The building and construction industry has made tremendous strides over the last decade in creating smarter, more efficient buildings. Overall, the trend has been toward buildings that are more energy-efficient, use less water, contribute less CO2, utilize more sustainable materials, and meet increasingly stringent building codes. It’s a positive trend that architects, specifiers, developers, and the construction industry should continue to embrace.


There’s another trend that should follow the arc of healthier buildings, and that’s an increased focus on the health of building occupants. The industry can’t lose sight of the fact that people spend the majority of their lives in the environments they create, and it has a responsibility to consider occupant health and well-being throughout all facets of the build. According to the EPA, the average American spends 90 percent of their time indoors; and those indoor environments could contain levels of some pollutants that far exceed those found outdoors.

What LEED did for buildings, WELL is doing for people, as it focuses on the built environment’s impact on human health.


According to Dodge Data & Analytics’ “The Drive Toward Healthier Buildings 2016,” 67 percent of building owners said health factors were an influential factor when making design and construction decisions; but that lagged behind other factors such as cost savings (85 percent), aesthetics (74 percent), and energy performance (74 percent).

Nearly every aspect of a building has an impact on the health of occupants. Carpet, paint, furniture, construction materials, and adhesives are all off-gassing volatile organic compounds (VOCs). The EPA has registered more than 80,000 chemicals for use, and listed 16,000 of those as chemicals of concern. However, only 250 of those chemicals are subject to mandatory testing.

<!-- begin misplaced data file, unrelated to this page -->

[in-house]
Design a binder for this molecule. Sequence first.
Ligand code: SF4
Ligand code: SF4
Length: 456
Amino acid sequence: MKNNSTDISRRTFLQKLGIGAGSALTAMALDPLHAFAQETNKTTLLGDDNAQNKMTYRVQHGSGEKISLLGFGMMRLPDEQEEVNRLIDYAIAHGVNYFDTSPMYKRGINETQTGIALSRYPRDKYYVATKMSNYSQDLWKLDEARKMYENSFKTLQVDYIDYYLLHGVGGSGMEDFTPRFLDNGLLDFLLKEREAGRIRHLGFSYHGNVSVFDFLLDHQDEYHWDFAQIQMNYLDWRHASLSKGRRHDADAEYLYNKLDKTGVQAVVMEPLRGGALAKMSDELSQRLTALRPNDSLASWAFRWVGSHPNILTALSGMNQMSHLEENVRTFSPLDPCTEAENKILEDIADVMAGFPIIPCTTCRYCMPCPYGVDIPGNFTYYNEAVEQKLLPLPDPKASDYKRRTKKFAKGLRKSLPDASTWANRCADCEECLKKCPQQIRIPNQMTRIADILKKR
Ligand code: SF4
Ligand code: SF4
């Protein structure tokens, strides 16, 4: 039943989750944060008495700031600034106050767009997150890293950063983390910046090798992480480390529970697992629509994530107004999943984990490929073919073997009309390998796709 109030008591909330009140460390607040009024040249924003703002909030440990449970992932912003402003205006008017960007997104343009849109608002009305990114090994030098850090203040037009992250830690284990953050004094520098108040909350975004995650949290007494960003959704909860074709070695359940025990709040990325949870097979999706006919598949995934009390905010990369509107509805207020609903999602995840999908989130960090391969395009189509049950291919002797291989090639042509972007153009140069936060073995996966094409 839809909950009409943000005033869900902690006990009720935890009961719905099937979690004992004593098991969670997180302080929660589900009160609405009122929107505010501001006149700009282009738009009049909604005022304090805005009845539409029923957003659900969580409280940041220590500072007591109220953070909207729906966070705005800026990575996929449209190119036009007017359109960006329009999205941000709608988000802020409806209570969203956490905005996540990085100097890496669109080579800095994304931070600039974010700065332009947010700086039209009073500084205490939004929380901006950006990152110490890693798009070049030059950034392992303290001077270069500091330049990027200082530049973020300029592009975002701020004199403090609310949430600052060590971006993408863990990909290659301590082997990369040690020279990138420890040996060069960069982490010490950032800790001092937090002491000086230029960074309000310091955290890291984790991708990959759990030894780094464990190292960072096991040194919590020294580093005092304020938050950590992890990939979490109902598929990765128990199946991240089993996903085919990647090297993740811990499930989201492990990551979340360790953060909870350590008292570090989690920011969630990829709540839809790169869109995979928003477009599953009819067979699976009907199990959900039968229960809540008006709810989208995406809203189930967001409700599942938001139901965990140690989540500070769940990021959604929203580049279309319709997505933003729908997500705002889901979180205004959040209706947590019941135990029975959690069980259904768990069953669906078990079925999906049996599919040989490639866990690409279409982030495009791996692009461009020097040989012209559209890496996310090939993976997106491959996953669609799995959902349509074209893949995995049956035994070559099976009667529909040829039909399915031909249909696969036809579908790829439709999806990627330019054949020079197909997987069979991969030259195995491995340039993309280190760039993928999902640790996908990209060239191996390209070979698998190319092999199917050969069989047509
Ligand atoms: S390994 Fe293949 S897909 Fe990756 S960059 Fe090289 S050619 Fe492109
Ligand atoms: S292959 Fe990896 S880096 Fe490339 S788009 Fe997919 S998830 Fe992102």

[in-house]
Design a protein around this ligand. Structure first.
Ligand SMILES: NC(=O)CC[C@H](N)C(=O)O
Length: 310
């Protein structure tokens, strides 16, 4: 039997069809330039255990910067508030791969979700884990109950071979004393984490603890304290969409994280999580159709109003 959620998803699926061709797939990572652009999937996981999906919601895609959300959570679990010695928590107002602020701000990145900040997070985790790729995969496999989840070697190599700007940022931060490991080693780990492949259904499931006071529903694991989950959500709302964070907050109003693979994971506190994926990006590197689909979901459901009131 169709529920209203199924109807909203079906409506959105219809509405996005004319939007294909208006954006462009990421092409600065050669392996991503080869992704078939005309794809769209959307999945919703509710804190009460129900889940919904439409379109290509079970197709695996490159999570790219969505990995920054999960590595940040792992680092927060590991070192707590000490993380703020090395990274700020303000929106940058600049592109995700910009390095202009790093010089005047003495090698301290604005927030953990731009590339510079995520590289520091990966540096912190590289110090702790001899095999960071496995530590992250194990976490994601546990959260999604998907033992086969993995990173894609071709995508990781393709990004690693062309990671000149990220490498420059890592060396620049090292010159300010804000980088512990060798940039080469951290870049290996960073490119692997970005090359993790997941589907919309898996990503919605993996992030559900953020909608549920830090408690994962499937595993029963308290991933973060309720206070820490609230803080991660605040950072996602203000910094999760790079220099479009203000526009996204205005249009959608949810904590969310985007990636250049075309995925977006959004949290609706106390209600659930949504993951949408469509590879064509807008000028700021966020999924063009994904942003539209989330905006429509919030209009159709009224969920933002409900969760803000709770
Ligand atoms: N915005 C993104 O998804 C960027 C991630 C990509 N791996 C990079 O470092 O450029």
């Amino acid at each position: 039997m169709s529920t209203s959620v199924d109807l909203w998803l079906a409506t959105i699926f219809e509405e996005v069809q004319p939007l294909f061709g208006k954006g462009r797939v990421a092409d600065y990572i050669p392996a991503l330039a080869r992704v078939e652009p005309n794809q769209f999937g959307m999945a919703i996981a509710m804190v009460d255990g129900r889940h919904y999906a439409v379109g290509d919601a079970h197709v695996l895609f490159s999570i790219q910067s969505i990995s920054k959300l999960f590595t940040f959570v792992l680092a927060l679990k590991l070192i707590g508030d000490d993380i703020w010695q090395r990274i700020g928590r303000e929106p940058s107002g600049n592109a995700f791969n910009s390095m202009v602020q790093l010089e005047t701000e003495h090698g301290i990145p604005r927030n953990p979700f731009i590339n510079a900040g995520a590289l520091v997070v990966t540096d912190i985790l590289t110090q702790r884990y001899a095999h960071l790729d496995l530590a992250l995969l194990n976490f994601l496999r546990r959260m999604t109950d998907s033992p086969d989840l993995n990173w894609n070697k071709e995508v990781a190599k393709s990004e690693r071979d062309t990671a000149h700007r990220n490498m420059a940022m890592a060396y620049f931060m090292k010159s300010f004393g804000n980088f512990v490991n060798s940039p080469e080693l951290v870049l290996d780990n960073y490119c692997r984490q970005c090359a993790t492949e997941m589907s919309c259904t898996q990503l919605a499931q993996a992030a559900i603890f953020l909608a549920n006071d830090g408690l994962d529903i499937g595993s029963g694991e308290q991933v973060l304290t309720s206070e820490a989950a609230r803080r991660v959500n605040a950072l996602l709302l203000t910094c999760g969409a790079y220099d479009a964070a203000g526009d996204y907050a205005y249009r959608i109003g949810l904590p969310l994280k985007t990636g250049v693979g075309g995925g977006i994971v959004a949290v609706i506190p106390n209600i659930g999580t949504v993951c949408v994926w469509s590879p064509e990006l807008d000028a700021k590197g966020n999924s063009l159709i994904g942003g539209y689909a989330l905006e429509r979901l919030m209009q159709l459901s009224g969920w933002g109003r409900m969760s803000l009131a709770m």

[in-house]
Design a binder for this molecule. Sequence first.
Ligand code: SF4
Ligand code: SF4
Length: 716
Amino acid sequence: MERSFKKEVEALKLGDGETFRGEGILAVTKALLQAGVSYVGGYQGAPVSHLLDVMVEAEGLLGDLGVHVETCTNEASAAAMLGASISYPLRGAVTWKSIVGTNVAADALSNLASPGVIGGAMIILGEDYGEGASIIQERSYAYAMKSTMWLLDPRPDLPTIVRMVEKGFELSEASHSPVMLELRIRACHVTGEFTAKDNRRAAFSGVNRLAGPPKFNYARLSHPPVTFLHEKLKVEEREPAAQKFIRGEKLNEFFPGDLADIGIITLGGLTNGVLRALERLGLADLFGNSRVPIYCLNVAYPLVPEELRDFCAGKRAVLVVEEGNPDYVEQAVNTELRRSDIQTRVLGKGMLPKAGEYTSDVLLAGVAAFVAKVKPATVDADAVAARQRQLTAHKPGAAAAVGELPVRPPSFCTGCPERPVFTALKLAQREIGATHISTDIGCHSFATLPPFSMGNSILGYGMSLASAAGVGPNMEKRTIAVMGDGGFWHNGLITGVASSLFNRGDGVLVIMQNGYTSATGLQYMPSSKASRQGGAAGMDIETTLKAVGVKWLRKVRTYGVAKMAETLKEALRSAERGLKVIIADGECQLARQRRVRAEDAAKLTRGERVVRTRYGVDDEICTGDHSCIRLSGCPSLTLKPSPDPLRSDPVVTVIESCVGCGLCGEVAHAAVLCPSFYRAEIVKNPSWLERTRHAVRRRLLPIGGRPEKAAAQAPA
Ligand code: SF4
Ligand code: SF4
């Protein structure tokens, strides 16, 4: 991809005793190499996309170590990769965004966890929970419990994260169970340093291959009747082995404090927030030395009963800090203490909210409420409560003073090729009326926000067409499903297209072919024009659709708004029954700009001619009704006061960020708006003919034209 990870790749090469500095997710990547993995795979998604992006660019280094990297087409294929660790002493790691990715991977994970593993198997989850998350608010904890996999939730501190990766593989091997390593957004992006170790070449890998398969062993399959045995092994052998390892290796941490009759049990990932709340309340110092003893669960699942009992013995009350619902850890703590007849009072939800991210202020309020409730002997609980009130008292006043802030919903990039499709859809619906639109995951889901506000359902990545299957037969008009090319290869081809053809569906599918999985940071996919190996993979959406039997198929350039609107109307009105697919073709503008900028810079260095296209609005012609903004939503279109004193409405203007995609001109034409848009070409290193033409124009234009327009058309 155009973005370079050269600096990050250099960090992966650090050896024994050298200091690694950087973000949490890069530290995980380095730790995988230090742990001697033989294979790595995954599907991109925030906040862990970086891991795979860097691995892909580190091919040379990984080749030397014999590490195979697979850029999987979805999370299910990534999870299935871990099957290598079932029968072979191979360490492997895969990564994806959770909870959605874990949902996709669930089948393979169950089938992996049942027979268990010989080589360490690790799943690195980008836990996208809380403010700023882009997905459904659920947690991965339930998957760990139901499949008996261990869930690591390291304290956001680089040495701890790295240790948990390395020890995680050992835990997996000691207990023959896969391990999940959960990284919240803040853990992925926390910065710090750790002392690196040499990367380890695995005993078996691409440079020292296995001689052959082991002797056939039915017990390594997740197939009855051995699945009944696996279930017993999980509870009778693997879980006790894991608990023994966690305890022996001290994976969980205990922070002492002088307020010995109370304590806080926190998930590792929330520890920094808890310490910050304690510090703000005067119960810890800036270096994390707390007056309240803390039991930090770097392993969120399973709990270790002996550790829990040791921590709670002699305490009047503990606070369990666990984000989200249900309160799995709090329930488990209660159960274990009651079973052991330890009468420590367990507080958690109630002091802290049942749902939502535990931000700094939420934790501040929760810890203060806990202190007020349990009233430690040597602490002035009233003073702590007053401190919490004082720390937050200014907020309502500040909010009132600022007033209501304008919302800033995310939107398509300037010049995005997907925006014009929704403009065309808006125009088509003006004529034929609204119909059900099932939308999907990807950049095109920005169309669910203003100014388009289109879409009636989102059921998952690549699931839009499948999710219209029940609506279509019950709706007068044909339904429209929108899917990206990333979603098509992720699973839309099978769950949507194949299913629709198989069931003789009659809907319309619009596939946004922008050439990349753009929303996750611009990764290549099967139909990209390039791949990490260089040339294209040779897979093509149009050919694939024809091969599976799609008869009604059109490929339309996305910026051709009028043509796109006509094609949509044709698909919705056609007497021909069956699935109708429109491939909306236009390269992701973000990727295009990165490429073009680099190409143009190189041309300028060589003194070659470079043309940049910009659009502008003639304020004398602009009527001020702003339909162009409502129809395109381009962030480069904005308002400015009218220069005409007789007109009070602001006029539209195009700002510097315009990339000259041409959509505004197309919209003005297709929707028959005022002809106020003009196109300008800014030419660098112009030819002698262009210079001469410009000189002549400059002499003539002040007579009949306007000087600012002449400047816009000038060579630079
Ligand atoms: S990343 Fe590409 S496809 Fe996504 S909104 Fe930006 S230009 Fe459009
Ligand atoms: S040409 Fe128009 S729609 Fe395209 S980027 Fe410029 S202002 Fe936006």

A building’s HVAC system plays a significant role in filtering those VOCs, as well as pollen, mold, and outdoor pollutants entering the building envelope. A recent study looked at the impact of indoor air quality on 100,000 private investors. Researchers found that even a modest increase in pollutants had a significant negative impact on the subjects’ willingness to sit down and conduct their trading activity—a direct correlation between indoor air quality and productivity.

Lighting and color temperature affect people’s circadian rhythms; the right lighting can help people be more productive in the workplace; the wrong lighting can leave them overstimulated when their workday ends and leave them trying to figure out why they’re having such a hard time waking up in the morning.


As the industry puts more of an emphasis on occupant health, the challenge will be balancing this growing priority with all the other aspects of the build. If you chose the healthiest materials available—making that the overriding priority for a project—the questions then become:

  • How do these materials affect the aesthetics of the building?
  • Will this building still meet the design criteria?
  • Can it still be built within the budget?

Another challenge is measuring and comparing the relative health of building materials while balancing that with resiliency. What’s a better choice, a 100 percent bio-based organic product that lasts 4 years, or a decent product that may be petroleum-based but will last 20 years?

These questions don’t come with easy answers but need to become part of the discussion for every project as occupant health becomes more of a priority.

About the Author:

Brent Trenga, LEED AP BD+C, is building technology director for Kingspan Insulated Panels North America. His background as an architect, construction manager, developer, and project owner give him a unique perspective on all facets of the construction industry. Trenga leads Kingspan North America’s material health and transparency program and Kingspan’s North American NZE 2020 program, while collaborating with the company’s global healthy building team. Trenga can be reached at
Modern Contractor Solutions, February 2018
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